A Tale of Princesses, Fabulous Wealth And Unimaginable Human Rights Violations
By Katherine Fry, CEO/President Mediafy Communications Group
Princess Haya of Jordan, for many, is a feminist icon. She, along with her sister-in-law Queen Rania of Jordan, and her step-mother, Queen Noor of Jordan, is often referred to as one of “the Supermodel Queens of the Middle East.” The Princess’ 2004 marriage to the ruler of Dubai has been portrayed to the public as a modern-day fairy tale-until now. On August 4th, 2019, the Princess appeared in court requesting a “forced marriage protection order,” presumably on behalf of her daughter, and a “non-molestation order,” on behalf of herself. (1) The following day, news sources around the world proclaimed that Princess Haya and her children had barely escaped from Dubai with their lives, and now remain in hiding, seeking legal protection from the British government.
Born to King Hussein and Queen Alia of Jordan in 1974, Princess Haya has lived in the royal spotlight since the day of her birth. Following the death of her mother in a tragic helicopter crash, the American-born Queen Noor of Jordan stepped in and continued raising the young girl. Princess Haya ultimately grew into an Oxford-educated, horse-riding champion, participating in equestrian events around the world. As a result, she signified the very best of Islam, and how the women of this religion can still be independent, intelligent, successful and even beautiful.
In 2004, at the age of twenty-nine, Princess Haya traveled to Dubai, as a special guest of its ruler, Sheikh Mohammed Al Rashid Al Maktum. Shortly thereafter, the pair celebrated their marriage in the Hashemite Kingdom of Jordan. Following the celebration, the world-wide press revealed the already existing marriage of Al-Maktoum to his first cousin. In response to this apparent criticism, Princess Haya stated that at the time of her mother’s marriage to King Hussein of Jordan, he had actually been married to his first wife, the British born Princess Muna. As a result, Princess Haya indicated that she felt quite comfortable being a second wife. The pictures of their Highnesses at Royal Ascot appeared to echo this sentiment, as they moved easily in the rarified air of fancy hats, designer dresses and smiling faces.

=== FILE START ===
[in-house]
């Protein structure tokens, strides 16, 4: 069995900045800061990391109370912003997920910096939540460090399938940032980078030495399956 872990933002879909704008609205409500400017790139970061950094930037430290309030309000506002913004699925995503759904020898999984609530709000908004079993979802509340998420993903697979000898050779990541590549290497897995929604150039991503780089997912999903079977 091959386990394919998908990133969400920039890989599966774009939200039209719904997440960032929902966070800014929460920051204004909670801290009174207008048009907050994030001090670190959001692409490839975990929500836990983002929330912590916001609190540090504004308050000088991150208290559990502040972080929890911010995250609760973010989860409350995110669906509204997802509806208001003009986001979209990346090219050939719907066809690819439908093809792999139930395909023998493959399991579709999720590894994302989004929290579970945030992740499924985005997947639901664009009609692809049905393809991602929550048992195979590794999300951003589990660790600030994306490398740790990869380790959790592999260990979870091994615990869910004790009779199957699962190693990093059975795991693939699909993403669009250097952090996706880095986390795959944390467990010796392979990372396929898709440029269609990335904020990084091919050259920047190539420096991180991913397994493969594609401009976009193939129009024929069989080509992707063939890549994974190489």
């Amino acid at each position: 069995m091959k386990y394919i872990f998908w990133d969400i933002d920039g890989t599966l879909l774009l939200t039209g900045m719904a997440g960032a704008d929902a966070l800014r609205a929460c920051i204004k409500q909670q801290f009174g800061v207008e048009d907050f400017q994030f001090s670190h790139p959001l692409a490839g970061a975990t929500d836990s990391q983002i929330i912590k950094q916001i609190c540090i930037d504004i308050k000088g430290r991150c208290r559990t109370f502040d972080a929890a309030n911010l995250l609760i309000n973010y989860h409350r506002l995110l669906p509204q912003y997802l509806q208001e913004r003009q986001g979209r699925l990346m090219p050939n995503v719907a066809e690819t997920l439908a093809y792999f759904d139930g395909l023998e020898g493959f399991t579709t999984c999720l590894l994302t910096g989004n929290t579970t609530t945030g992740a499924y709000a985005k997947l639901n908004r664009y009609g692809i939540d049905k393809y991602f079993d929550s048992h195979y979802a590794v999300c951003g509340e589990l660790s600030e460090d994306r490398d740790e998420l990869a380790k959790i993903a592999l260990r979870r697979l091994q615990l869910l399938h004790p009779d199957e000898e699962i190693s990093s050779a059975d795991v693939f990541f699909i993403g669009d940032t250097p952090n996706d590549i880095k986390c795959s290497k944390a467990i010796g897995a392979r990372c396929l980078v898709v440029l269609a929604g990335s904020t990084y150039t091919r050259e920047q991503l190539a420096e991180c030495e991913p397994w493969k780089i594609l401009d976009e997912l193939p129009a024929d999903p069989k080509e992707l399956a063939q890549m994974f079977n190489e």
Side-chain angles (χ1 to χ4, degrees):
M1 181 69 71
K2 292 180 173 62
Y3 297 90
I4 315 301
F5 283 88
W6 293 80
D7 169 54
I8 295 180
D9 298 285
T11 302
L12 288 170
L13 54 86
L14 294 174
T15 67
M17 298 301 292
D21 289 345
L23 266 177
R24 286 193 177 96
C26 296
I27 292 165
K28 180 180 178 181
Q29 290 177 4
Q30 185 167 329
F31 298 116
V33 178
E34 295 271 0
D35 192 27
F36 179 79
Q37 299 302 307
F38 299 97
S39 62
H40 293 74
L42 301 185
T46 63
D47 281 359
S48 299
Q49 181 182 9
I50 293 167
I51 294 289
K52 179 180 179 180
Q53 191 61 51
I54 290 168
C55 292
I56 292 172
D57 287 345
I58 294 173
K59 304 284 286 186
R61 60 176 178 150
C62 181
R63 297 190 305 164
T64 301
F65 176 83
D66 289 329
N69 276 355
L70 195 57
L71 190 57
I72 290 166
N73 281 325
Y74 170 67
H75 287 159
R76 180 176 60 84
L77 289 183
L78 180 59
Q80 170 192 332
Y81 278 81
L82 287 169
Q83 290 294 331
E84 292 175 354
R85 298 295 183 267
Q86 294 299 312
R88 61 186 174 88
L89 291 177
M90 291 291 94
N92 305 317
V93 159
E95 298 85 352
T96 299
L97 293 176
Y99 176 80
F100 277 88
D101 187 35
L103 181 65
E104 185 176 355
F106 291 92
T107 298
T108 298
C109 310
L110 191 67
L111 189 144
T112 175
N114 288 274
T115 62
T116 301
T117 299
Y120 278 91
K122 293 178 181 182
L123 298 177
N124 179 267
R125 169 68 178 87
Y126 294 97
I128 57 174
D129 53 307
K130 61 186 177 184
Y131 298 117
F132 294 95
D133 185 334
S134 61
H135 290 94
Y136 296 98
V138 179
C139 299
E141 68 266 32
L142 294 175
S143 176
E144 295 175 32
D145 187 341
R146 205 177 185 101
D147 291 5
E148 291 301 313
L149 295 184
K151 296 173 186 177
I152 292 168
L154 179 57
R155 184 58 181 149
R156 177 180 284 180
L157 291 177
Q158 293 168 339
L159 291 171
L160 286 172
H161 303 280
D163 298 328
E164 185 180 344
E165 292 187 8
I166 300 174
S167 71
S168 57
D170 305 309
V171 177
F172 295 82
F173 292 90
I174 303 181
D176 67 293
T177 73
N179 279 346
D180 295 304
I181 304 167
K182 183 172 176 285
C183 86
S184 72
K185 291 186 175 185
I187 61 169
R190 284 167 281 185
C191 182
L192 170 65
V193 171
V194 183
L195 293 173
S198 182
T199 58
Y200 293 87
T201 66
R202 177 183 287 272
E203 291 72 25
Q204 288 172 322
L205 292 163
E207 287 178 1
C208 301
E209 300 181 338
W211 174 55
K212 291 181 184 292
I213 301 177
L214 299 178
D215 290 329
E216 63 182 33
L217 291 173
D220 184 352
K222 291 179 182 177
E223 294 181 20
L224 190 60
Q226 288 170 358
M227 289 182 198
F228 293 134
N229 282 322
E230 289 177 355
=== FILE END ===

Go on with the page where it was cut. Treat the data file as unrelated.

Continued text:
Eventually, the cracks started to show in the perfect facade of the Al Maktum family. Problems appeared to begin in March 2018, when one of Al Maktum’s daughters, Latifa, released a video in which she described her torment and the torment of her sister, Shamsa, at the hands of their “ego” driven father. (2) Latifa discusses in the video her intentions of escaping, and that if people are watching the video, she has likely been captured and perhaps even murdered. (2) Shortly thereafter, reports came in that Latifa had indeed attempted to escape, and been violently apprehended by armed guards in India. (3) The following December, the former President of Ireland and former UN Commissioner for Human Rights, Mary Robinson, traveled to Dubai and visited with Latifa. Following the meeting, she indicated the Latifa did not appear to be in any danger but also described her as a “troubled young woman.” (4) Just as the dust appeared to be settling on this issue, reports emerged in August that Princess Haya, herself, had fled Dubai with her children, barely escaping with her life. Shortly thereafter she appeared in court, and now is in hiding.
Most troubling of all appears to be the online smear campaign being launched against Princess Haya. Some online sources claim Princess Haya simply left Al Maktoum for another man, while others claim he actually caught her in bed with a bodyguard. (5) From there, the articles degrade, with remote websites asserting Princess Haya has been a woman “of extreme liberty” since her youth, who is “perverted” and “on drugs.” (6) Some even accuse her stepmother, Queen Noor, of drugging her since childhood. (7) Such claims are completely unsubstantiated. On January 5th, 2019, Princess Haya publicly stated she would cease defending her husband and leave if she found evidence of truth in Latifa’s story of abuse. (7) Shortly thereafter, Princess Haya ceased appearing in public, and all of her social media accounts fell dormant. With her silence and subsequent estrangement from her husband, Princess Haya essentially confirmed the allegations of her step-daughter, Latifa.
The reality is that Dubai is a country wrought with human rights violations. It’s fantastic wealth has not advanced beyond a culture that is still, in many ways, stuck in the Stone Ages. The fact that Princess Haya’s marriage to Al Maktum broke down should serve as a wake up to us all that the world is not always a friendly place for women, and to many, we are still property, or worse, even slaves. Furthermore, all royal marriages are not fairytales, even if that initially appears to be the case. The court case of Princess Haya versus Al Maktoum promises to lay bare the truths of life in Dubai, in full detail. Only time will tell how deeply the corruption runs and how many people have been hurt.